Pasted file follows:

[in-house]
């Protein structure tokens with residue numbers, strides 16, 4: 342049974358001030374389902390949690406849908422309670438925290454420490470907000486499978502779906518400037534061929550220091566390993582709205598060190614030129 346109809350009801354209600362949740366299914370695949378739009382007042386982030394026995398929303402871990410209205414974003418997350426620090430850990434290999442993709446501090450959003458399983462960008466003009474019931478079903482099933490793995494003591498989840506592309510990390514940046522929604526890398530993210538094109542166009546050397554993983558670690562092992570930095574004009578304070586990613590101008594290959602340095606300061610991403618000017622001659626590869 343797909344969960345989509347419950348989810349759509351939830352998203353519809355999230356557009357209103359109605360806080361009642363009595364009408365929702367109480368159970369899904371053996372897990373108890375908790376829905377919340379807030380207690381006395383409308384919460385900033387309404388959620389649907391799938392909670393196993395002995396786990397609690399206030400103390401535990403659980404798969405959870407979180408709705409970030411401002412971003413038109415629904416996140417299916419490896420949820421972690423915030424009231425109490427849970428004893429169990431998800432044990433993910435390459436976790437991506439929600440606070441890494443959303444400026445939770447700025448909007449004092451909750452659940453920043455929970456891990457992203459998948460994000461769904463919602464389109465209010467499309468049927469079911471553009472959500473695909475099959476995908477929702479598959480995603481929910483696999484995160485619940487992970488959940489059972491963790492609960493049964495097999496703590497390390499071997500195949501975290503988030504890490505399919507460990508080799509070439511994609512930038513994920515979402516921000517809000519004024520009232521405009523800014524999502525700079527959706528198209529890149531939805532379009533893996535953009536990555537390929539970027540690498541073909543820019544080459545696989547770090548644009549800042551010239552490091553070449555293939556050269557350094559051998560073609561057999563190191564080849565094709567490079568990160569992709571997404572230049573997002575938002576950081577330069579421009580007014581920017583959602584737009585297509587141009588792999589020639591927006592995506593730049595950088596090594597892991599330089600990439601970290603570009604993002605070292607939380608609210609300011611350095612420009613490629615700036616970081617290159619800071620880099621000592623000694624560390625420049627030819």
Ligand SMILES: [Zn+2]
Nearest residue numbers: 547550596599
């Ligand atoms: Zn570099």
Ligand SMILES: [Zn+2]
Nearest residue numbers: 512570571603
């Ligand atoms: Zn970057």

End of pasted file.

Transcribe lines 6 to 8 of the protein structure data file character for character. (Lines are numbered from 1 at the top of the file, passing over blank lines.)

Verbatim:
Ligand SMILES: [Zn+2]
Nearest residue numbers: 512570571603
């Ligand atoms: Zn970057």